People are struggling in most workplaces. Read the latest business news, research, or blogs, and talk with almost anyone who works, and you’ll hear the same themes: Struggles with disengagement, poor well-being, lack of diversity and inclusion, burnout, conflict, bullying and harassment, unethical behavior, poor performance, challenges to creativity, and lack of problem solving.
Yes, these are barriers that must be overcome to achieve business results, but they are also outcomes themselves. These organizational and social outcomes are produced by the systems we’ve created. And too often we are miserable in them.
So what the heck are we doing to ourselves? And wouldn’t it make sense to do something else?
We all want to create value at work, and we want the systems in which we work to value us. And we want those systems to not make it so difficult - and to maybe even make it easier - to do the work and sense we are appreciated.
But today’s workplaces frequently attempt to wring performance out of us, to direct our every move, or to bully us into performance. The threat that we can be replaced looms. This is true at all levels. Never mind the actual long term costs of replacing someone. Those costs, though generally known, are remote from the immediate pressure to perform. So instead many organizations focus on short term impacts with little concern for the long term.
But when has it been any better? Puritan work ethics, command and control leadership, and fear-based motivation have been prevalent forever it seems. Truth is the workplace has never been consistently great, with a few rare exceptions, even with all our attention to and investment in management science, organizational behavior, labor reforms, and leadership development.
It is past time to reconsider the fundamental thinking that forms the foundation for the modern workplace. It is time to question our assumptions and create better workplace systems for ourselves. Those workplaces should be aligned with what we know about how people perform and flourish.
This should start with a clear commitment to deeply respecting people. This respect doesn’t mean just being polite or professional. This respect means holding human beings in the highest regard. When we take that commitment to humanity seriously, then we must ask ourselves tough questions and be willing to embrace new answers.
If we hold the humanity of our customers with the highest regard, then how can we truly understand and pay attention to what they need and want? Once we know what they expect, if we truly respect our customers then we pursue improving our products and services for them. And we will grapple with how to build sustainable systems to make sure that we keep listening and responding meaningfully?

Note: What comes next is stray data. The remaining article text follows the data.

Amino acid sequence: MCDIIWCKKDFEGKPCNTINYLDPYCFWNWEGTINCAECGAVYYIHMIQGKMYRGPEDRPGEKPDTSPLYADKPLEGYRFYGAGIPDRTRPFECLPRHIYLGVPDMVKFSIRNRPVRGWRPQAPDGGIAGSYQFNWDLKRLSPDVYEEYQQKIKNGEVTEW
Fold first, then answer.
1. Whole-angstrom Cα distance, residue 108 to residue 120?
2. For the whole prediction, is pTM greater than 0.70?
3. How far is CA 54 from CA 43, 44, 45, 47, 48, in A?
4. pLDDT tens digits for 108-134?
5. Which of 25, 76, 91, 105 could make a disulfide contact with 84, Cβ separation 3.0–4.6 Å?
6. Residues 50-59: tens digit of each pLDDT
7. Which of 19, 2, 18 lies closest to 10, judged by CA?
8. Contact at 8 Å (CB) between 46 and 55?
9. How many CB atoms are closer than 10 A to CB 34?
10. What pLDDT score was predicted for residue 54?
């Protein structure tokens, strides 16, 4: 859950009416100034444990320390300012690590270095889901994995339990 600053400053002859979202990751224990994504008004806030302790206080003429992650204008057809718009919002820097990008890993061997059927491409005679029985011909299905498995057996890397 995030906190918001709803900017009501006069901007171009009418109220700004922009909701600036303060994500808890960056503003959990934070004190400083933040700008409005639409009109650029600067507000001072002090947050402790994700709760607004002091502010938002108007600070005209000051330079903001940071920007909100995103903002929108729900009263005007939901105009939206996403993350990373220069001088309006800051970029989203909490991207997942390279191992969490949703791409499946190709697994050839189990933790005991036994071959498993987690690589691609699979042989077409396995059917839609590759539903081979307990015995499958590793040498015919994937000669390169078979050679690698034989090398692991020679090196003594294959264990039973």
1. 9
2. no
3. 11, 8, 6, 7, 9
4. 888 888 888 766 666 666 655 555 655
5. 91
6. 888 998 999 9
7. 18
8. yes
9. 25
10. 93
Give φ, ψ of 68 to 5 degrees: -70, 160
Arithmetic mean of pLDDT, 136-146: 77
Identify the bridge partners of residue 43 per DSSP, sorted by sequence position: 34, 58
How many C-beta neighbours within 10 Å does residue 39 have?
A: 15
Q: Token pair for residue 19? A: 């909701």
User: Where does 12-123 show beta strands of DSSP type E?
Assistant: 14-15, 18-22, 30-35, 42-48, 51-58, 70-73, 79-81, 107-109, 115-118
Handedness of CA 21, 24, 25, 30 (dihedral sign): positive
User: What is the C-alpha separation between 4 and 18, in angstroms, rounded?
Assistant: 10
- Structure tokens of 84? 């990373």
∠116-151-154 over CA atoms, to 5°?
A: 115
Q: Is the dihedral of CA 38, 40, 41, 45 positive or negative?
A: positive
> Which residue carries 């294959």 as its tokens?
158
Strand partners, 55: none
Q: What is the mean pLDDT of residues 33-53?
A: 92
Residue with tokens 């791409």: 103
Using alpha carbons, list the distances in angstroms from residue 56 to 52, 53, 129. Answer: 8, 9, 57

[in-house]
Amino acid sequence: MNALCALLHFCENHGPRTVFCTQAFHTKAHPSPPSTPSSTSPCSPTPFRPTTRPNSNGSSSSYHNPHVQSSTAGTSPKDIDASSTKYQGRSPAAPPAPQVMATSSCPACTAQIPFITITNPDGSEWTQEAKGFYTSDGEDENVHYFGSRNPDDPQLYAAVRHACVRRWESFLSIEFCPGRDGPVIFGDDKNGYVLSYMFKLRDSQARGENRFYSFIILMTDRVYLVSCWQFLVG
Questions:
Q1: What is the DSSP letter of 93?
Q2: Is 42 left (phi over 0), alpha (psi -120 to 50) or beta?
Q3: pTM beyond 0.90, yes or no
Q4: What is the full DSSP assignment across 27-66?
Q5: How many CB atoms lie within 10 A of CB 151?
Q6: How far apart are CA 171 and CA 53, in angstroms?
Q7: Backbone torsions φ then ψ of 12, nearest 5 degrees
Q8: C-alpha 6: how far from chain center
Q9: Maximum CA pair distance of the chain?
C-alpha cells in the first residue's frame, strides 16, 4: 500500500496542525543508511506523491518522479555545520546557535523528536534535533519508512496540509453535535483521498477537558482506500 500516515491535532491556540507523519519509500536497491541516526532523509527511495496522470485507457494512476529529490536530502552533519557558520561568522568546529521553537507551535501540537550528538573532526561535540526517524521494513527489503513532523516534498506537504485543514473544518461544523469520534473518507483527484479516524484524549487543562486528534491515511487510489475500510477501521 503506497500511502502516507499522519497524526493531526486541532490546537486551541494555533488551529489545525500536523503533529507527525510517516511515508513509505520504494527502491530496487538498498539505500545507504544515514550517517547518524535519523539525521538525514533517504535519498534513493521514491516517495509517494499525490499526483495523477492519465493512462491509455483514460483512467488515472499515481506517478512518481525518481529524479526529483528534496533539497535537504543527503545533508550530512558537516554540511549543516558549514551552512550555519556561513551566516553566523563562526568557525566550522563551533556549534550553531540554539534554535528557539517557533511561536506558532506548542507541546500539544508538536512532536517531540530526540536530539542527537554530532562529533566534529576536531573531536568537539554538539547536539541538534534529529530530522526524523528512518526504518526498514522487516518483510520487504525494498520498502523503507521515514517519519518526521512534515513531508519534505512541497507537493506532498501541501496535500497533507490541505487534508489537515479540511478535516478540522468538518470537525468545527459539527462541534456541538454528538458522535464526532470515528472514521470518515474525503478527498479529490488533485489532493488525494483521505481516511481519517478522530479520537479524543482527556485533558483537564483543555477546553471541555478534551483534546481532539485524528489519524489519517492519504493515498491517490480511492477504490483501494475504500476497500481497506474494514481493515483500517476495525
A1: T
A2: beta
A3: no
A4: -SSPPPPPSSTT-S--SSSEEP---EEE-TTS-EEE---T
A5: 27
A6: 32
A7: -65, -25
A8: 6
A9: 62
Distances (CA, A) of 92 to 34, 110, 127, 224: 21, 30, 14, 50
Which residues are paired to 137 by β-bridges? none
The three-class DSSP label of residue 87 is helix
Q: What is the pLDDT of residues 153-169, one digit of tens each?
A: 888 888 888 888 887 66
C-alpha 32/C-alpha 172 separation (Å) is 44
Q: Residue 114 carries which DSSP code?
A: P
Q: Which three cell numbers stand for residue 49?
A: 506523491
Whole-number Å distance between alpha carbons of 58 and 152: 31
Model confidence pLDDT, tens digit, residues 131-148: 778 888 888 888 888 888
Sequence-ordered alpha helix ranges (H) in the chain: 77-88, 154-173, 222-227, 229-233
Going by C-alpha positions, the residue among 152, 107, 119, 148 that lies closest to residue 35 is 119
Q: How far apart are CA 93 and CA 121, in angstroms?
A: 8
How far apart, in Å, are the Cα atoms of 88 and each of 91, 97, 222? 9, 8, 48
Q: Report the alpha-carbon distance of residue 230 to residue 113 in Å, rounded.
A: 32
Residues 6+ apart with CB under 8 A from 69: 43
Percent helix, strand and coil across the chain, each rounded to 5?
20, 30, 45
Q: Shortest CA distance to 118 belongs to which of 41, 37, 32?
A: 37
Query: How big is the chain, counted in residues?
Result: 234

For agencies that run the business of government day to day, this is critical. We have promises to keep and even if our authorizing environment is in conflict or unpredictable, we must hold steady and focus on improving the delivery of value to customers.
And likewise, if we deeply regard the humanity of each one of our team members, then how will we demonstrate that high regard? How can we better pay attention to the needs and expectations of team members? How do we lower barriers to welcome diverse contributions and to foster collaboration? And are we taking seriously and ensuring physically safety? Are we building sustainable systems to make sure we keep improving the workplace experience as the source of our brilliance and creativity for customers?
At A Human Workplace, on this blog, in our workshops, and at our gatherings, we are questioning the old norms and exploring how to align what we know about human beings with our actions in the workplace systems we create for ourselves. This means decreasing fear and indifference. It means increasing love. It means re-activating the empathy we learned to suppress when we came of age. It means creating greater diversity and inclusion so all are welcome and fully participating. It means designing new work processes smartly and improving existing work processes to not waste the time and contributions of team members. It means rooting out bullying and harassment. It means learning to be a human-centered leader and creating human-centered teams.
And it means exploring new research about what it is to be human and applying those insights to the workplace. At A Human Workplace: Olympia last week, we explored research into one of our fundamental human experiences: Awe. Sounds suspiciously woo-woo, doesn't it? Think again. The experience of awe is linked to outcomes that address critical business challenges and human needs. Tomorrow read how A Human Workplace: Olympia explored the science of awe.